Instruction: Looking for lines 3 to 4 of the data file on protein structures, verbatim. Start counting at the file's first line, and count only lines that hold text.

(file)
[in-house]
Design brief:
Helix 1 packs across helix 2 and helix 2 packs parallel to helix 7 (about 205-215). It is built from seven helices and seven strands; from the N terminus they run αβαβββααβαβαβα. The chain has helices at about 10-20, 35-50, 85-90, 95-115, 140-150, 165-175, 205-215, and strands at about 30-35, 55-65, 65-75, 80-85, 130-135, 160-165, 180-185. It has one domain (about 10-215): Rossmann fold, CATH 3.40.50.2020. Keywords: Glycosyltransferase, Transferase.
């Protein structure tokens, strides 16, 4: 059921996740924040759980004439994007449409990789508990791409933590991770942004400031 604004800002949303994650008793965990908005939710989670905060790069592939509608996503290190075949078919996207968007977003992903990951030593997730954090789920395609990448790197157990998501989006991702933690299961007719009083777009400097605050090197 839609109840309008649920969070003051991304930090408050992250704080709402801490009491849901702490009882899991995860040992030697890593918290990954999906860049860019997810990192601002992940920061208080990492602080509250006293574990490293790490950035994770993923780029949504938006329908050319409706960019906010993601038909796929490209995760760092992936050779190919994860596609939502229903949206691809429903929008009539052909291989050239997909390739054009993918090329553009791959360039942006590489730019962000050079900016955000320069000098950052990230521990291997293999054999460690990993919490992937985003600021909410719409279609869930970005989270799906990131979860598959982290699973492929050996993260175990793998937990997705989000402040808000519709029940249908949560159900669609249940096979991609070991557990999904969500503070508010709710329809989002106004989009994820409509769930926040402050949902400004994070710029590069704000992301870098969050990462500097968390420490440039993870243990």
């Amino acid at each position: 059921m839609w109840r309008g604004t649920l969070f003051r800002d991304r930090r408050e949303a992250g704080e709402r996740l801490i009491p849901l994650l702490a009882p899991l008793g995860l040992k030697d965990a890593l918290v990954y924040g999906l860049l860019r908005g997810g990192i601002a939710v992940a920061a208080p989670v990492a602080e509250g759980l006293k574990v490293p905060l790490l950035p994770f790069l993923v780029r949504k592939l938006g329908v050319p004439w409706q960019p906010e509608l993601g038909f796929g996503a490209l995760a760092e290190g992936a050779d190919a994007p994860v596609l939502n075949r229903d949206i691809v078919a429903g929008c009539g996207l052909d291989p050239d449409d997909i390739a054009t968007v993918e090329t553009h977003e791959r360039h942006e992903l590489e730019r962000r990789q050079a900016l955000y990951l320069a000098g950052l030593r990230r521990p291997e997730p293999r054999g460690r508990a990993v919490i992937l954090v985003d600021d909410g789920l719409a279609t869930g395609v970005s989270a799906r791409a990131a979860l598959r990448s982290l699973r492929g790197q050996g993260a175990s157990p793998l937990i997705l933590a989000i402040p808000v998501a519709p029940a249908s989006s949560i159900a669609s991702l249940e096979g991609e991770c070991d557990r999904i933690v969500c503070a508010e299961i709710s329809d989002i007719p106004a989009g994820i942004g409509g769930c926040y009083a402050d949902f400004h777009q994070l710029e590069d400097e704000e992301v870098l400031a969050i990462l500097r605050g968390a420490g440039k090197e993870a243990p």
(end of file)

Helix 1 packs across helix 2 and helix 2 packs parallel to helix 7 (about 205-215). It is built from seven helices and seven strands; from the N terminus they run αβαβββααβαβαβα. The chain has helices at about 10-20, 35-50, 85-90, 95-115, 140-150, 165-175, 205-215, and strands at about 30-35, 55-65, 65-75, 80-85, 130-135, 160-165, 180-185. It has one domain (about 10-215): Rossmann fold, CATH 3.40.50.2020. Keywords: Glycosyltransferase, Transferase.
């Protein structure tokens, strides 16, 4: 059921996740924040759980004439994007449409990789508990791409933590991770942004400031 604004800002949303994650008793965990908005939710989670905060790069592939509608996503290190075949078919996207968007977003992903990951030593997730954090789920395609990448790197157990998501989006991702933690299961007719009083777009400097605050090197 839609109840309008649920969070003051991304930090408050992250704080709402801490009491849901702490009882899991995860040992030697890593918290990954999906860049860019997810990192601002992940920061208080990492602080509250006293574990490293790490950035994770993923780029949504938006329908050319409706960019906010993601038909796929490209995760760092992936050779190919994860596609939502229903949206691809429903929008009539052909291989050239997909390739054009993918090329553009791959360039942006590489730019962000050079900016955000320069000098950052990230521990291997293999054999460690990993919490992937985003600021909410719409279609869930970005989270799906990131979860598959982290699973492929050996993260175990793998937990997705989000402040808000519709029940249908949560159900669609249940096979991609070991557990999904969500503070508010709710329809989002106004989009994820409509769930926040402050949902400004994070710029590069704000992301870098969050990462500097968390420490440039993870243990």